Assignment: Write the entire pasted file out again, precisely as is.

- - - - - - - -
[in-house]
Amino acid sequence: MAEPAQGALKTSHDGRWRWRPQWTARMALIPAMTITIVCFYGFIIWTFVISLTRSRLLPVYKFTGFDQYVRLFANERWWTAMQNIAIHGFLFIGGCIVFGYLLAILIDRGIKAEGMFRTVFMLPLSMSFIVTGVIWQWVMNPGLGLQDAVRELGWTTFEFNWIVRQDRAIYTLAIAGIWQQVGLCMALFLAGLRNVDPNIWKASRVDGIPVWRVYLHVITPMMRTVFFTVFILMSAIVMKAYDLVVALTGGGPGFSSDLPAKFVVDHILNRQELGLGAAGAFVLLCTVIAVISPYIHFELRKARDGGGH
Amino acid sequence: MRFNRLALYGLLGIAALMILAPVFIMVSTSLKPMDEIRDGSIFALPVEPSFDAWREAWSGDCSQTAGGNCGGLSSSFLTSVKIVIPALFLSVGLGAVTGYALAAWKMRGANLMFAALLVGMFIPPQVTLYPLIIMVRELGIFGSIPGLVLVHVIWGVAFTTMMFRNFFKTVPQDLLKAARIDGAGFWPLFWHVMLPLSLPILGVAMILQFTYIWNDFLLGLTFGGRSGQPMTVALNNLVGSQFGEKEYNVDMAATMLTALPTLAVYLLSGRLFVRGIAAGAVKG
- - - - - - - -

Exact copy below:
[in-house]
Amino acid sequence: MAEPAQGALKTSHDGRWRWRPQWTARMALIPAMTITIVCFYGFIIWTFVISLTRSRLLPVYKFTGFDQYVRLFANERWWTAMQNIAIHGFLFIGGCIVFGYLLAILIDRGIKAEGMFRTVFMLPLSMSFIVTGVIWQWVMNPGLGLQDAVRELGWTTFEFNWIVRQDRAIYTLAIAGIWQQVGLCMALFLAGLRNVDPNIWKASRVDGIPVWRVYLHVITPMMRTVFFTVFILMSAIVMKAYDLVVALTGGGPGFSSDLPAKFVVDHILNRQELGLGAAGAFVLLCTVIAVISPYIHFELRKARDGGGH
Amino acid sequence: MRFNRLALYGLLGIAALMILAPVFIMVSTSLKPMDEIRDGSIFALPVEPSFDAWREAWSGDCSQTAGGNCGGLSSSFLTSVKIVIPALFLSVGLGAVTGYALAAWKMRGANLMFAALLVGMFIPPQVTLYPLIIMVRELGIFGSIPGLVLVHVIWGVAFTTMMFRNFFKTVPQDLLKAARIDGAGFWPLFWHVMLPLSLPILGVAMILQFTYIWNDFLLGLTFGGRSGQPMTVALNNLVGSQFGEKEYNVDMAATMLTALPTLAVYLLSGRLFVRGIAAGAVKG